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Kaliini - Now we have it... Later we don't

An update from Well Aware community manager, Karen Kavete:

We are standing next to a 16,000-liter storage tank at Kaliini primary school watching in awe as the head teacher, Mr. Muthini supervises a contractor to replace his wooden door for a more secure metal door. All this is in preparation for the UV water treatment system that Well Aware has promised to install in the school. James, Mike and I discuss with the school leadership on how to harvest more water to last them for a year. The region has only one reliable rain season falling between October and November, we learn from Mr. Muthini. The school has only two classroom blocks that can be guttered, the rest are rusty and will not provide safe water for drinking.

Mike sees it first; the clouds are heavy with rains and he cautions we must leave. The deputy head teacher, Phyllis, needs an extra minute with James...and just like that it pours. The rains are so heavy the furthest we could run was 5 metres into the classroom being repaired. The rains are heavy, it’s like hammering on our roof. The outside becomes a bit dark. We don't talk because we cannot hear each other over the roaring rains. And for thirty minutes we sit still, us worried about being stuck in the mountains and them glad they have collected water for a month or so.

Out we go, and I'm attracted to 10,000-liter tank full and overflowing. James sees it too and we head over to it. Both amazed, he's first to stand right under it, just like in the movies. We are joined by the deputy who's sad and gloomy, not excited at all about the water flowing. For a minute I think it's an age thing like my parents would kick us out of the rains, her worry concerns me. When I probe, I learn the loss of so much water saddens her. Like other members of the community, they only rely on rain water. They do not have enough storage to tap all the rain water. "If spoons and cups could hold water, we surely would fill them too. Now we have water in plenty, but because we lack enough storage, we'll lose most of it. Just like that, we have enough for a month then we don't have for eleven months. The tanks can't last us for a year, we are likely to have an attrition in attendance as the water level drops. Most children come to school because there's food. If we have no water we cannot cook. We cannot ask them to bring water from home because we understand the struggle and some parents may not even have that little for drinking. You see, a good population has no storage relying on 20-liter jerrycans which can't last two days leave alone a year."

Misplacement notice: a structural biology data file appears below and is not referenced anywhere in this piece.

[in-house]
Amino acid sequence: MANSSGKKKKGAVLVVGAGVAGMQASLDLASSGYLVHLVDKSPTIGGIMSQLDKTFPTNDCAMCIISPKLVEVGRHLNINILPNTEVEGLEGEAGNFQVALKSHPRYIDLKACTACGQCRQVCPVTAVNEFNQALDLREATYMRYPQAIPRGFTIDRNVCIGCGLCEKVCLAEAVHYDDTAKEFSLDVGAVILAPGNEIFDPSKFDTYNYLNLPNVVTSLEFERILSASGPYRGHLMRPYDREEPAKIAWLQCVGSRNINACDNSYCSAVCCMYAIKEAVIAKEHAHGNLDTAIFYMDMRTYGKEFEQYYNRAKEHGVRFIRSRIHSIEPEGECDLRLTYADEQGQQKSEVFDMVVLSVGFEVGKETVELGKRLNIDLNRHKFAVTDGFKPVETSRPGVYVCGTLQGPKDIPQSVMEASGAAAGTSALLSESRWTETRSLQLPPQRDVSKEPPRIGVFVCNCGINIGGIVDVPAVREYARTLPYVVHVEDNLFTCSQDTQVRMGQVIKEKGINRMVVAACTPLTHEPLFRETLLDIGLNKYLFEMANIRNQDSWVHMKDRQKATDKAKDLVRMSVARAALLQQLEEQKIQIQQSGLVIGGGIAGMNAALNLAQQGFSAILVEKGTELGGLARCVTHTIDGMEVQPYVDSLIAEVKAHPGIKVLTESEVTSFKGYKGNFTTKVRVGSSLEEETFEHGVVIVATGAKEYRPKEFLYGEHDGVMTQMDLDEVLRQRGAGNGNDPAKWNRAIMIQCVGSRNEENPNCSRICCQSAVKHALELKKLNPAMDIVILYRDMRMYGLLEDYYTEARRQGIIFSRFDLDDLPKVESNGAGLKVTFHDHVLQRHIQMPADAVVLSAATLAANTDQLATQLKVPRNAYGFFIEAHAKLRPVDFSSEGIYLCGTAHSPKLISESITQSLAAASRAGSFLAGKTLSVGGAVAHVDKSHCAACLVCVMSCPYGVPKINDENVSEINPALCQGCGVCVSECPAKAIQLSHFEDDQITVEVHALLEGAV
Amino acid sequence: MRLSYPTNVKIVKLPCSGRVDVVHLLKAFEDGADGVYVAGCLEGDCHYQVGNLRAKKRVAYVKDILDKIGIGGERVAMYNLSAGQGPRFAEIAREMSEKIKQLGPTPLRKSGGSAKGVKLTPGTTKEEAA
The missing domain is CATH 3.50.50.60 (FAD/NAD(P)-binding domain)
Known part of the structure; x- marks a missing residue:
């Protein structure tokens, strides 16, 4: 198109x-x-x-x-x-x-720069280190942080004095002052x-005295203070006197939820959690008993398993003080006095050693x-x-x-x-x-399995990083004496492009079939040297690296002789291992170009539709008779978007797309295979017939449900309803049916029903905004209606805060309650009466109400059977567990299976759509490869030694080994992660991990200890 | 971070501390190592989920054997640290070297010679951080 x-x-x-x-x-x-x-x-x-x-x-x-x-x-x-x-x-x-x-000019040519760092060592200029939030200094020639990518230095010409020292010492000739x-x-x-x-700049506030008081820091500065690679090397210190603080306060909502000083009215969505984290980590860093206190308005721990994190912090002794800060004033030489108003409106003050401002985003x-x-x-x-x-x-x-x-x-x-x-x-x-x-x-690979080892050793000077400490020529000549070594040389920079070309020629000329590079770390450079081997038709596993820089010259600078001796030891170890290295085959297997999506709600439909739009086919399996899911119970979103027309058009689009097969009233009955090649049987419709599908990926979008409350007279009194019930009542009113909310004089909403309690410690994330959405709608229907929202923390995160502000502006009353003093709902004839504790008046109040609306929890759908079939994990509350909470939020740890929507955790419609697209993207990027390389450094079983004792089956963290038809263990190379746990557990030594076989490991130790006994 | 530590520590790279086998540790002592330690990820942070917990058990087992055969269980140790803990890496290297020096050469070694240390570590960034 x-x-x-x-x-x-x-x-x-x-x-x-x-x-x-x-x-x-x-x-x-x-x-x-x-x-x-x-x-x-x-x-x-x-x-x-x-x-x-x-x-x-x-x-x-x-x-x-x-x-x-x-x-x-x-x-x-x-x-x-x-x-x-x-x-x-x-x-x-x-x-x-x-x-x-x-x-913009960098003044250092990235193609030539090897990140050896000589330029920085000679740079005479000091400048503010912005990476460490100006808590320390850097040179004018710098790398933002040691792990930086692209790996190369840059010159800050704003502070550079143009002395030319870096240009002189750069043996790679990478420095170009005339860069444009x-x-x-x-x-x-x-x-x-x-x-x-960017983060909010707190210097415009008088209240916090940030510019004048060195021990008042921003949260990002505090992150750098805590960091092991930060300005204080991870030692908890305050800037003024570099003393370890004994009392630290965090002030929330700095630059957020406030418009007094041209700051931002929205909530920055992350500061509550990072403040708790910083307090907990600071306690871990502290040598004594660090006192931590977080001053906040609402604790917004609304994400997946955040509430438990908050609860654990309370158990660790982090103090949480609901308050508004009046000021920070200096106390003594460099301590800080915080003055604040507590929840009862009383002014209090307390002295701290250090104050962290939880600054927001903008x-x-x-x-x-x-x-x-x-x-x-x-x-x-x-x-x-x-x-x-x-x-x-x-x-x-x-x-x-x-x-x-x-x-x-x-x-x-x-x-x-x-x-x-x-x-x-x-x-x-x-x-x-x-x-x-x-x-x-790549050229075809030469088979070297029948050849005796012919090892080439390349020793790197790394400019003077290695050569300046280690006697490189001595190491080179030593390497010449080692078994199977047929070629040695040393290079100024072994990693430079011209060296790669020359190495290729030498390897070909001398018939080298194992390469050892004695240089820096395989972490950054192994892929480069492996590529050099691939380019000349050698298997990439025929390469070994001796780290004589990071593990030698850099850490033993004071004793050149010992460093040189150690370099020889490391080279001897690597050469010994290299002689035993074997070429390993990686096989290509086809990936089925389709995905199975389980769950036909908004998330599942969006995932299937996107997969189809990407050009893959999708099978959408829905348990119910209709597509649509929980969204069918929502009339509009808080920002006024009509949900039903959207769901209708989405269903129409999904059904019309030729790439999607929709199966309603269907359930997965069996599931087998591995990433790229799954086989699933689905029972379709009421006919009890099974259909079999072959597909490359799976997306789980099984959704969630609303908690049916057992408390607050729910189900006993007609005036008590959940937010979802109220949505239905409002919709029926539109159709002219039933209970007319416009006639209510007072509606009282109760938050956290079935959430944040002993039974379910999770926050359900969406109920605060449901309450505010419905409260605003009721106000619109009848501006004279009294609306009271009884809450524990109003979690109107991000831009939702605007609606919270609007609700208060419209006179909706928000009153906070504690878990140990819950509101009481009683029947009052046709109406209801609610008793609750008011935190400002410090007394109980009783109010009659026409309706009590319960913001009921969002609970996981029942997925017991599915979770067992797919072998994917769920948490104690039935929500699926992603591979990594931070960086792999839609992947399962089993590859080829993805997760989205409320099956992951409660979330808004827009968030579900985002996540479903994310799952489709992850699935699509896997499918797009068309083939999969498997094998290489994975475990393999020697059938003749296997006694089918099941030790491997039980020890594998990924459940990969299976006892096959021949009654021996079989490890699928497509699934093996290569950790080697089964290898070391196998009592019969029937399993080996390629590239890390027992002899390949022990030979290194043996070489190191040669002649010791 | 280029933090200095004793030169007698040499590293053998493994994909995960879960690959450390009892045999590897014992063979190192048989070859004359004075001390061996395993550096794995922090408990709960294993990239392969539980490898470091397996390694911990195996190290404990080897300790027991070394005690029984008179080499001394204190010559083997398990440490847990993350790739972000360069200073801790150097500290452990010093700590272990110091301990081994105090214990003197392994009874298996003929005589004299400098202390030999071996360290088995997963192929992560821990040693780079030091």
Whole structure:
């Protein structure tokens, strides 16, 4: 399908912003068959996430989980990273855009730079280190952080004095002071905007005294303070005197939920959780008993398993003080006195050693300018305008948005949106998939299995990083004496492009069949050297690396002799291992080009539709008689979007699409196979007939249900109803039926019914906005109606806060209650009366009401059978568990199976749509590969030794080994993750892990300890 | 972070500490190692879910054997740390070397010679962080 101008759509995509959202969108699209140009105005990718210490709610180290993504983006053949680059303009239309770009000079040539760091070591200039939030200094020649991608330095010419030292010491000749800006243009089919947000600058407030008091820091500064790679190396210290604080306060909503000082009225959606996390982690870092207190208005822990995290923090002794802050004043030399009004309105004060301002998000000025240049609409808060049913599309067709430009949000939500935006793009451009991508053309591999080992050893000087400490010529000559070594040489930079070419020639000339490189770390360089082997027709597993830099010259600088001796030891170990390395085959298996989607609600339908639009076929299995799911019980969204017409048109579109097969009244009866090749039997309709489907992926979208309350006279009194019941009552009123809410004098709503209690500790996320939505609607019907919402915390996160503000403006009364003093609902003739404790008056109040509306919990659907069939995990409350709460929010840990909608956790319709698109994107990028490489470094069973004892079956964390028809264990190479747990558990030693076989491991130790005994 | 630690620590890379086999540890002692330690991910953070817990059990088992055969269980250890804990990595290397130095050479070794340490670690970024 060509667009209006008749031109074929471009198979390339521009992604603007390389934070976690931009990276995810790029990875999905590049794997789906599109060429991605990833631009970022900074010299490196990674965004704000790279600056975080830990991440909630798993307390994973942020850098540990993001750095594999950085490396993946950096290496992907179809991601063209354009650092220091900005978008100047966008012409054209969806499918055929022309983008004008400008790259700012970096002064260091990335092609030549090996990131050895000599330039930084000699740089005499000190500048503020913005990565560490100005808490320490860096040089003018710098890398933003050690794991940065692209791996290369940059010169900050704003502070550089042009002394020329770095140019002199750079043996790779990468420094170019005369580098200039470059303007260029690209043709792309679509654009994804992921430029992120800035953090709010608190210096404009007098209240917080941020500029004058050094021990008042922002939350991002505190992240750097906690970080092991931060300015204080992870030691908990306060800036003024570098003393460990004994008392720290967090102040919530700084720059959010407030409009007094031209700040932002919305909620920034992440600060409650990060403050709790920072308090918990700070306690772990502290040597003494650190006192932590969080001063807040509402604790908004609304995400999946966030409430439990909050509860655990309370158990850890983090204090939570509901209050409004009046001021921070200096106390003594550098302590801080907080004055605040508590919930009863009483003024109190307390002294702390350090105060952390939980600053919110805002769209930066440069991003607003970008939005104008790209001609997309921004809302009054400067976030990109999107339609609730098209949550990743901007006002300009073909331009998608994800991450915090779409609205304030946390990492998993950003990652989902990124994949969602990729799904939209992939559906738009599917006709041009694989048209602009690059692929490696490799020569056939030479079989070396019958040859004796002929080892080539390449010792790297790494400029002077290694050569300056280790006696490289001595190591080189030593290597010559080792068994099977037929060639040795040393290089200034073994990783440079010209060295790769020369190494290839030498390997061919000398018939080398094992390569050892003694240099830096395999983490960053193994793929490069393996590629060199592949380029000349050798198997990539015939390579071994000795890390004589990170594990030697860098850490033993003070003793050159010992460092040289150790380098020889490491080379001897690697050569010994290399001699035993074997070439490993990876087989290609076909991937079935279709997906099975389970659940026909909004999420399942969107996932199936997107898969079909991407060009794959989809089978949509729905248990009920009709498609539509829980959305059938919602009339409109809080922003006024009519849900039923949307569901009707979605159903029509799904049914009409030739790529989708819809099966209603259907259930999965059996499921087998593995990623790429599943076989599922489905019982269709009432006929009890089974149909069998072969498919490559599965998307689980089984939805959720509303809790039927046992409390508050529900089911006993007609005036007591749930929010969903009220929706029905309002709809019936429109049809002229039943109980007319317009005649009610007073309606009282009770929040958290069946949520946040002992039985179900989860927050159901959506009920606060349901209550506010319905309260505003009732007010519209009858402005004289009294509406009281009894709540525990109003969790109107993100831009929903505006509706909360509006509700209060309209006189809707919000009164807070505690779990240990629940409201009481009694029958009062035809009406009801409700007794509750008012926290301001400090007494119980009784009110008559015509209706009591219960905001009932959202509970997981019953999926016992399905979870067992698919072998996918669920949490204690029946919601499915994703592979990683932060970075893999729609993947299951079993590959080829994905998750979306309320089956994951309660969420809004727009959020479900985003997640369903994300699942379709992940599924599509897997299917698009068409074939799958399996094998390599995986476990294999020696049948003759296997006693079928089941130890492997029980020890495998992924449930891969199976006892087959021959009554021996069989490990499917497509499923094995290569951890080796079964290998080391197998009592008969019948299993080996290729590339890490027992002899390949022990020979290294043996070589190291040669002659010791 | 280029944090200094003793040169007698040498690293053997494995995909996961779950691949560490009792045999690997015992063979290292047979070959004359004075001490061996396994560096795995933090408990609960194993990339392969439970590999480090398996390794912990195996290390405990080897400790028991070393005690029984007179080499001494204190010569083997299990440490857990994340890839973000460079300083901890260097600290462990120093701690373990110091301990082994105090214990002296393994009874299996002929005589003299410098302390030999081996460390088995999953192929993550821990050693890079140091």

My joy is gone and I don't bother to translate to James what she said, a part of me knows he read something from her voice, to face and a few common words like tanks and "Maji". We leave for the van. In the van, each one is withdrawn to his thoughts while Mike drives we admire the scenery and watch the rain water flow by. James asks about increasing the storage and I'm glad he noticed. In a region with no sustainable wells, no rivers and no streams their only hope is rain which can only heal their wounds if harvested and stored to last beyond the drought. I'm left wondering, what would you do if you had massive water volumes for thirty minutes, maybe for 20 days in a year...Then you don't have it for 345 days?

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